The Port Hedland port authority has today approved three new developments at its existing inner harbour that will give BHP Billiton, Fortescue Metals Group, Atlas Iron and Brockman Resources more export capacity.
The agreements follow comments earlier this week by BHP chief Marius Kloppers and Fortescue’s Nev Power, who said there was sufficient capacity in the inner harbour to facilitate increased iron ore exports.
The new agreements will push back the need for an expensive outer harbour development.
They also represent a decisive response to the aspirations of iron ore exporters,which have been seeking cost-effective expansion opportunities.
Fortescue has been granted approval to develop a 5th berth (AP5) for iron ore exports, with one ship loader servicing both AP4 and AP5.
North West Infrastructure, which is effectively Atlas Iron and Brockman Resources, will be able to develop two berths for iron ore exports at South West Creek. These berths will have capacity of 50 million tonnes per year.
BHP Billiton will be able to develop two additional berths within the company’s existing State Agreement tenure at Burgess Point.
Transport Minister Troy Buswell said in a statement issued late today that the decisions followed a whole-of-port review of its productivity and capacity utilisation.
The review identified under-utilised capacity available at the port and a number of development opportunities to access that capacity, he said.
Mr Buswell said the review arrangements do not involve an increase or decrease in the export capacity allocations for any port user.
The Minister said the State Government and port authority had worked together to deliver a good outcome for Western Australia.
“These developments will see the PHPA optimising its export capacity within the inner harbour and are a significant step towards the port realising its target throughput capacity of 495Mtpa,” he said.
“These initiatives represent an advance for both the junior miners and the major iron ore companies at Port Hedland.”
BHP has a capacity allocation of 240mt, and has been upgrading its mine, rail and port infrastructure to achieve exports at that level. Its exports last year totalled 180mt.
Fortescue has a capacity allocation of 120mt, but is developing mine and rail infrastructure with a capacity of 155mt. It has previously announced its application for a fifth berth.
The opportunity for iron ore miners to exceed their official capacity allocation rests on their abilty to use the unused allocation of other exporters.
In a statement issued late today, BHP elaborated on this.
It stated that the new berths do not come with guaranteed shipping capacity beyond its current 240 mtpa throughput allocation.
WA Iron Ore believes there is substantially more opportunity to optimise its inner harbour throughput, given there is significant underutilised inner harbour port capacity, the statement said.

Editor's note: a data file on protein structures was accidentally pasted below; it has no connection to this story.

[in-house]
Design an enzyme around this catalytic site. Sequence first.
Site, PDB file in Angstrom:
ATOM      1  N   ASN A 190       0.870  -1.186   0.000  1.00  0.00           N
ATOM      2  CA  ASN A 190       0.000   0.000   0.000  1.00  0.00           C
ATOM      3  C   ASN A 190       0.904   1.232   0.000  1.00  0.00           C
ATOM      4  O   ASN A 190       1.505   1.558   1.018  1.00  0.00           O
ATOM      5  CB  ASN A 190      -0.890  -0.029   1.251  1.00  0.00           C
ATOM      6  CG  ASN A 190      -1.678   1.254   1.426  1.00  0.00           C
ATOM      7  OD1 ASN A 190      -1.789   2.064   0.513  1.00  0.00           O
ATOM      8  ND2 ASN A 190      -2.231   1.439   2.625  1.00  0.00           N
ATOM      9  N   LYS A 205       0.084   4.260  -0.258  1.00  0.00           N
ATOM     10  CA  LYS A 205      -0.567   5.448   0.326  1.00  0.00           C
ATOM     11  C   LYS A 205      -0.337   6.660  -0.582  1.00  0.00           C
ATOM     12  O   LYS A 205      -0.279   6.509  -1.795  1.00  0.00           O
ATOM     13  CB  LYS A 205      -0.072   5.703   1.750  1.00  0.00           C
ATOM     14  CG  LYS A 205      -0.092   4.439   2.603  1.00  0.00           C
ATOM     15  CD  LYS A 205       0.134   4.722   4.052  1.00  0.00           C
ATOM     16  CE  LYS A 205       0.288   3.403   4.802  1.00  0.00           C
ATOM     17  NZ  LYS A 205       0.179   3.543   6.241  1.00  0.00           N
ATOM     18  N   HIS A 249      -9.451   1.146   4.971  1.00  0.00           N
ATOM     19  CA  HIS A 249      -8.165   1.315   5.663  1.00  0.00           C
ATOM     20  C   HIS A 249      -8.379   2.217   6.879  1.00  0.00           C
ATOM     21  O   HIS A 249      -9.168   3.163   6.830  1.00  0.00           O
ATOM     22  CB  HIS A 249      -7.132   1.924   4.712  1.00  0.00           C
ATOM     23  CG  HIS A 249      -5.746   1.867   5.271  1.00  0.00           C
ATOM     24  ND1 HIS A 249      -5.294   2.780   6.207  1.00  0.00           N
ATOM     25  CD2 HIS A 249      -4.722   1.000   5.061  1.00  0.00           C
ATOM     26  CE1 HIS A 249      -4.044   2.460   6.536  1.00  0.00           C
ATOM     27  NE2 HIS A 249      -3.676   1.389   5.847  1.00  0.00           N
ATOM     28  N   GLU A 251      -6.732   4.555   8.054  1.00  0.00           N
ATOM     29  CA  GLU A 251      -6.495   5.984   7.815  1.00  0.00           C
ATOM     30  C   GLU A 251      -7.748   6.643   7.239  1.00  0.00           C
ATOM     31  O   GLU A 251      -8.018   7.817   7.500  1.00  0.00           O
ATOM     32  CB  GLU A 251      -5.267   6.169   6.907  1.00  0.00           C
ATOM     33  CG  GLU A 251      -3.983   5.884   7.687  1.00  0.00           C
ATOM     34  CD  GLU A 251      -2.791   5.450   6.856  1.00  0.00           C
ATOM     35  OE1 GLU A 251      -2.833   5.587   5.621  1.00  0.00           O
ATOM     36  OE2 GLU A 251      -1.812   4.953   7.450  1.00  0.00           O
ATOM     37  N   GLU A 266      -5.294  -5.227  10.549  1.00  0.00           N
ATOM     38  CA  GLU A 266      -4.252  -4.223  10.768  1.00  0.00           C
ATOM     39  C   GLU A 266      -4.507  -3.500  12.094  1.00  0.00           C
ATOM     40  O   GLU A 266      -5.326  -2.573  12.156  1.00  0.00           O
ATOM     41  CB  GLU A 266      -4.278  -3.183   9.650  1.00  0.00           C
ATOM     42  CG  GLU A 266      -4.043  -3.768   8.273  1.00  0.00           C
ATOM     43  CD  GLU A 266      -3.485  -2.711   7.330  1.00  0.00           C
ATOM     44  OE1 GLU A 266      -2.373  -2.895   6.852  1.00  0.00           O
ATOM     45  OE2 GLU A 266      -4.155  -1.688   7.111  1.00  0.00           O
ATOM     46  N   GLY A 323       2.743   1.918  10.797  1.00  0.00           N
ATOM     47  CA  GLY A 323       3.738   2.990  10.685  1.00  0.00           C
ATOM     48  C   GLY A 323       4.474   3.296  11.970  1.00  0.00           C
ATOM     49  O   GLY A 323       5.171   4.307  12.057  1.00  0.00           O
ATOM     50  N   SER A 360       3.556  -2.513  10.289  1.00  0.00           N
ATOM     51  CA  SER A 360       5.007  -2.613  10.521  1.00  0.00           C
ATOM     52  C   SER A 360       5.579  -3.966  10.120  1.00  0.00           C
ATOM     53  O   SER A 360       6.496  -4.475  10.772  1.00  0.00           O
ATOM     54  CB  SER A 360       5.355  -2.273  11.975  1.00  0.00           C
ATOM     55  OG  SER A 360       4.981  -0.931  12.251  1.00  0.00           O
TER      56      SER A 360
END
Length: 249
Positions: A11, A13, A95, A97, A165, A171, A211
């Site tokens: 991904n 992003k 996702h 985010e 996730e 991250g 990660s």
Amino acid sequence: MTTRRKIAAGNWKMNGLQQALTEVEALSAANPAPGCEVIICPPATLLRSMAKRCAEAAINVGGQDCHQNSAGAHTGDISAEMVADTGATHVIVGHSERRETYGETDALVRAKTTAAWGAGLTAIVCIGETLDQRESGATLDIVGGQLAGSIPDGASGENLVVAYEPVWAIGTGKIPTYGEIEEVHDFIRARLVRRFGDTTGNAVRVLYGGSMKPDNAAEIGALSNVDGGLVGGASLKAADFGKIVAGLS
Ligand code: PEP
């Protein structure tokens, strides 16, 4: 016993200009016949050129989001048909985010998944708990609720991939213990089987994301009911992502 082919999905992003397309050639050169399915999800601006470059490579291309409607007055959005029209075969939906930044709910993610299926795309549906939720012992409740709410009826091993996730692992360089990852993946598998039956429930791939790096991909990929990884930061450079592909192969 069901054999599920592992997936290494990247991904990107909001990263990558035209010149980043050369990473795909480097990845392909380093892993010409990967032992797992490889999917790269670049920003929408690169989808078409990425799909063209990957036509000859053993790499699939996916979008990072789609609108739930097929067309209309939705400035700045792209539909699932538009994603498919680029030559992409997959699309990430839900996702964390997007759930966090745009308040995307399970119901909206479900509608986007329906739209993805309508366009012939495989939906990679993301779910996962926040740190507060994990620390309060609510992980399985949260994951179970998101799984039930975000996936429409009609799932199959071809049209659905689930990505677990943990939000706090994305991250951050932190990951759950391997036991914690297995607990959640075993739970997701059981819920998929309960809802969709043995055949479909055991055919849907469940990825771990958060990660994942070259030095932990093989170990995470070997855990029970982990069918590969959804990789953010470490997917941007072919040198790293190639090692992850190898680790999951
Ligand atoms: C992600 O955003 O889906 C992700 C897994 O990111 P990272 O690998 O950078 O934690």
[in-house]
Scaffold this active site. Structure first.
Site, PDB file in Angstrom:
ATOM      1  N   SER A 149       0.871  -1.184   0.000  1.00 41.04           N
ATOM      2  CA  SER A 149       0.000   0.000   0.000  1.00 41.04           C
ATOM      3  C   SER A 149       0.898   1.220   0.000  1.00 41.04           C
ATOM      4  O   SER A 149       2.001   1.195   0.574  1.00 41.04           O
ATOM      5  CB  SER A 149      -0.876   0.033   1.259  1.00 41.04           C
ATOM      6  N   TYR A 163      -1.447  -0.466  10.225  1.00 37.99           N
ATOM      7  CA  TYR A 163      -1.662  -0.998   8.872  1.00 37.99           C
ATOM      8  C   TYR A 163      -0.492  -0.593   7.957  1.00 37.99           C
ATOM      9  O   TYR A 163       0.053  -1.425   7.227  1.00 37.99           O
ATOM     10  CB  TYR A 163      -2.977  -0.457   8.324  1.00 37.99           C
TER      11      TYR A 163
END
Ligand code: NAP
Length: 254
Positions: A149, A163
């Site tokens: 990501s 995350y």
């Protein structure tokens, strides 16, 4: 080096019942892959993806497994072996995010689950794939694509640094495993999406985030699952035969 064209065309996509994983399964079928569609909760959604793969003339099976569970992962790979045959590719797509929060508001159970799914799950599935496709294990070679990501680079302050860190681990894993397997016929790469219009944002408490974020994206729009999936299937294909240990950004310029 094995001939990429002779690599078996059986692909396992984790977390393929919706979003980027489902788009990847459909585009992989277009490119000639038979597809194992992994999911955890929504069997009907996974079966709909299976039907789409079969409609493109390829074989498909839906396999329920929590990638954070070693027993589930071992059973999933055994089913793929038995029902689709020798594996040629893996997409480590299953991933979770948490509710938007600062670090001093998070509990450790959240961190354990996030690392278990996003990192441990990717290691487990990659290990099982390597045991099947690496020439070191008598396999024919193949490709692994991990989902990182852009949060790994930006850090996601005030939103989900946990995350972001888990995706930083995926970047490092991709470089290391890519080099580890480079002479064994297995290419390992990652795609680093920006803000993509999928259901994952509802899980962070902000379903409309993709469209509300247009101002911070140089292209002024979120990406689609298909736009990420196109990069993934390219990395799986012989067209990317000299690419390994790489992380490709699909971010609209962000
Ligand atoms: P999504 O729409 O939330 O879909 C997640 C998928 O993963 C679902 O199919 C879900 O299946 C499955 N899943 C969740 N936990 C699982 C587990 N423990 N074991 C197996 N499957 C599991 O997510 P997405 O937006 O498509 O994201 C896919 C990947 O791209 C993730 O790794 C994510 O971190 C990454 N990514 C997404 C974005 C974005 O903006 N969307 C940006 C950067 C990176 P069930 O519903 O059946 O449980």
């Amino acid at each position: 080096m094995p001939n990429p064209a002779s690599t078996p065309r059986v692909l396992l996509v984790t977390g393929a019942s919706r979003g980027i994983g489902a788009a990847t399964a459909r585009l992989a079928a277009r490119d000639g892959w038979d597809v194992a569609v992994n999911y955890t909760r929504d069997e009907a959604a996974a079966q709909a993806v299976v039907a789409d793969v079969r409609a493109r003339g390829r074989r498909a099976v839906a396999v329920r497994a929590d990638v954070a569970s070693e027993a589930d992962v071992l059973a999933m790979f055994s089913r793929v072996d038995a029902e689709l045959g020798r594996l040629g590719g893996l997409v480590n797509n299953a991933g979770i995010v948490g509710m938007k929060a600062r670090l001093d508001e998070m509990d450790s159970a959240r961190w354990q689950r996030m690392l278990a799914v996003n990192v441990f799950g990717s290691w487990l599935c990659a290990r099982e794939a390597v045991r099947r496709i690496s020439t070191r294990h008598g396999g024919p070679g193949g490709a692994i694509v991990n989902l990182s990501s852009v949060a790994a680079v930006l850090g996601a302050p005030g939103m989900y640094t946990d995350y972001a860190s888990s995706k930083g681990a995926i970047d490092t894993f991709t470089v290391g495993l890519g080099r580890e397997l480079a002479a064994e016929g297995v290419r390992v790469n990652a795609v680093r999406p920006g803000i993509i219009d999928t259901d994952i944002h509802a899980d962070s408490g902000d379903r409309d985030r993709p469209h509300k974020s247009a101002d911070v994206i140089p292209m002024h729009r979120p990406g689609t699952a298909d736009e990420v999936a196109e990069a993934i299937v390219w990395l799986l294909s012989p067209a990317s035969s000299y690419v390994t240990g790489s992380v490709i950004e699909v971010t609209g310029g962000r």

Port users may ship beyond their shipping allocation if unused capacity is available, it added.
“What has become apparent through this process is that a number of the existing facilities have, or with minor modifications will have, the potential to deliver substantially more capacity than was assumed originally.”
Mr Wilson stated that development of the outer harbour remains attractive.
“Its initial development would require dredging a shipping channel and turning basin, as well as constructing a four kilometre jetty with associated stockyards and car dumpers at Boodarie. Additional expansion in the Inner Harbour would delay the requirement for many of these investments.”
Mr Wilson added that “despite the substantial establishment costs associated with this greenfield facility, our analysis concluded that development of the first 50 mtpa phase of the outer harbour project would deliver a value-adding investment return as a standalone project. The outer harbour therefore remains a critical part of our future growth plans, but is not our best option right now”.
Mr Power issued a statement that said “Fortescue believes total port capacity can be increased beyond the current cap of 495mtpa by working with the PHPA and other users”.
“The fifth berth will allow us to further develop our highly successful and efficient lay-by berth configuration. It will lead to the more efficient use of the inner harbour capacity by providing the PHPA with greater flexibility to improve the movement of ships,” Mr Power said.
“The fifth berth will enable us to maximise the use of the under-utilised capacity of the Port, which is a benefit to all parties, including the State which will receive increased royalty income.”
Mr Power concluded: “Given the delay in reaching this agreement, we now need to develop a schedule to integrate the construction of the fifth berth into our works program.”
The costs of a fifth berth, expected to be approximately $250 million, are not currently included in Fortescue’s budget for the expansion to 155mtpa. The ultimate cost of the project will be influenced by remobilisation charges.
Apart from the four companies affected by today’s announcement, the other major exporter at Port Hedland will be Hancock Prospecting, which has completed dredging at South West Creek for two berths with a combined capacity of 55mt.
The port also has common user berths with capacity of 25mt.